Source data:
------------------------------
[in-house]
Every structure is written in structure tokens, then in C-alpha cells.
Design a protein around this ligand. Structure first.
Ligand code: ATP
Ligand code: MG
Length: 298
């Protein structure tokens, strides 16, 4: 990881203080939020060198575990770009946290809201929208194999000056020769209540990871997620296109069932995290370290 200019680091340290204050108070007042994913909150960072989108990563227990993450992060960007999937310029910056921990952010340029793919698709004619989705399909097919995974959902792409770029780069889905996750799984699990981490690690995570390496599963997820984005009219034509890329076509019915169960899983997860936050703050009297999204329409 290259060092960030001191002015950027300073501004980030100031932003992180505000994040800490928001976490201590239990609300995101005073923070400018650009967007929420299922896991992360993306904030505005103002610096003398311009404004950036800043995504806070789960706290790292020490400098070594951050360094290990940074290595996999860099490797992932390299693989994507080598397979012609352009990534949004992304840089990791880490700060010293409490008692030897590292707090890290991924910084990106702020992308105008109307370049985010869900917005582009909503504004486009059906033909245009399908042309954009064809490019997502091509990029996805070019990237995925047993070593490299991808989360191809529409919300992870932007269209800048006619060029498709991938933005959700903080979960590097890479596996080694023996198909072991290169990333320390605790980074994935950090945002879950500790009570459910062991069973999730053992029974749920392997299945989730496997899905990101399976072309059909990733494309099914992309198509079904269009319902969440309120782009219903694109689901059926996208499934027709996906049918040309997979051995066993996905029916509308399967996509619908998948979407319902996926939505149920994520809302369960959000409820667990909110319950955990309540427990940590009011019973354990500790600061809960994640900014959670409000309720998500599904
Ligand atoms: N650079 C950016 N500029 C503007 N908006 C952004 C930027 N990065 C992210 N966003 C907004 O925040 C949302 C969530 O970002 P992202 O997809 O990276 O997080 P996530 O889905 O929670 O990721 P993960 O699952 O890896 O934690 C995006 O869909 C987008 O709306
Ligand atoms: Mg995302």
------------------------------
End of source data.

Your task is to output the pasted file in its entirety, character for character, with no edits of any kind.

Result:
[in-house]
Every structure is written in structure tokens, then in C-alpha cells.
Design a protein around this ligand. Structure first.
Ligand code: ATP
Ligand code: MG
Length: 298
């Protein structure tokens, strides 16, 4: 990881203080939020060198575990770009946290809201929208194999000056020769209540990871997620296109069932995290370290 200019680091340290204050108070007042994913909150960072989108990563227990993450992060960007999937310029910056921990952010340029793919698709004619989705399909097919995974959902792409770029780069889905996750799984699990981490690690995570390496599963997820984005009219034509890329076509019915169960899983997860936050703050009297999204329409 290259060092960030001191002015950027300073501004980030100031932003992180505000994040800490928001976490201590239990609300995101005073923070400018650009967007929420299922896991992360993306904030505005103002610096003398311009404004950036800043995504806070789960706290790292020490400098070594951050360094290990940074290595996999860099490797992932390299693989994507080598397979012609352009990534949004992304840089990791880490700060010293409490008692030897590292707090890290991924910084990106702020992308105008109307370049985010869900917005582009909503504004486009059906033909245009399908042309954009064809490019997502091509990029996805070019990237995925047993070593490299991808989360191809529409919300992870932007269209800048006619060029498709991938933005959700903080979960590097890479596996080694023996198909072991290169990333320390605790980074994935950090945002879950500790009570459910062991069973999730053992029974749920392997299945989730496997899905990101399976072309059909990733494309099914992309198509079904269009319902969440309120782009219903694109689901059926996208499934027709996906049918040309997979051995066993996905029916509308399967996509619908998948979407319902996926939505149920994520809302369960959000409820667990909110319950955990309540427990940590009011019973354990500790600061809960994640900014959670409000309720998500599904
Ligand atoms: N650079 C950016 N500029 C503007 N908006 C952004 C930027 N990065 C992210 N966003 C907004 O925040 C949302 C969530 O970002 P992202 O997809 O990276 O997080 P996530 O889905 O929670 O990721 P993960 O699952 O890896 O934690 C995006 O869909 C987008 O709306
Ligand atoms: Mg995302």